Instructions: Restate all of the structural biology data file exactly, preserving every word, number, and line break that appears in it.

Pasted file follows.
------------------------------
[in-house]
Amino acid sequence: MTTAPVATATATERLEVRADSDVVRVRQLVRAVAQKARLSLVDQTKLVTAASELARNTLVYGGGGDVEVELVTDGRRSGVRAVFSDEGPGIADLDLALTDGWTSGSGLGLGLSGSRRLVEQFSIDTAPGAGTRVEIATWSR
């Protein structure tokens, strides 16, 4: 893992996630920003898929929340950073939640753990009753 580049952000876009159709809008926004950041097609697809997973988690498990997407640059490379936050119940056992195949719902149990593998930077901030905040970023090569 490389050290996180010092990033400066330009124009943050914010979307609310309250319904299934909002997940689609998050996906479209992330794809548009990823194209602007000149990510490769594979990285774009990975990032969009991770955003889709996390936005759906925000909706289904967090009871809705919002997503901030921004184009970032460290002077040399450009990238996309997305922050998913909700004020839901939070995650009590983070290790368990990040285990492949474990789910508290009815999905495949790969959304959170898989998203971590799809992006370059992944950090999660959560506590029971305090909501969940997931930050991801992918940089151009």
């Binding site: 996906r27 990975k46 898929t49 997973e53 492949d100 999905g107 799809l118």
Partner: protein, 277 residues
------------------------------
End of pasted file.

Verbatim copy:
[in-house]
Amino acid sequence: MTTAPVATATATERLEVRADSDVVRVRQLVRAVAQKARLSLVDQTKLVTAASELARNTLVYGGGGDVEVELVTDGRRSGVRAVFSDEGPGIADLDLALTDGWTSGSGLGLGLSGSRRLVEQFSIDTAPGAGTRVEIATWSR
């Protein structure tokens, strides 16, 4: 893992996630920003898929929340950073939640753990009753 580049952000876009159709809008926004950041097609697809997973988690498990997407640059490379936050119940056992195949719902149990593998930077901030905040970023090569 490389050290996180010092990033400066330009124009943050914010979307609310309250319904299934909002997940689609998050996906479209992330794809548009990823194209602007000149990510490769594979990285774009990975990032969009991770955003889709996390936005759906925000909706289904967090009871809705919002997503901030921004184009970032460290002077040399450009990238996309997305922050998913909700004020839901939070995650009590983070290790368990990040285990492949474990789910508290009815999905495949790969959304959170898989998203971590799809992006370059992944950090999660959560506590029971305090909501969940997931930050991801992918940089151009």
């Binding site: 996906r27 990975k46 898929t49 997973e53 492949d100 999905g107 799809l118």
Partner: protein, 277 residues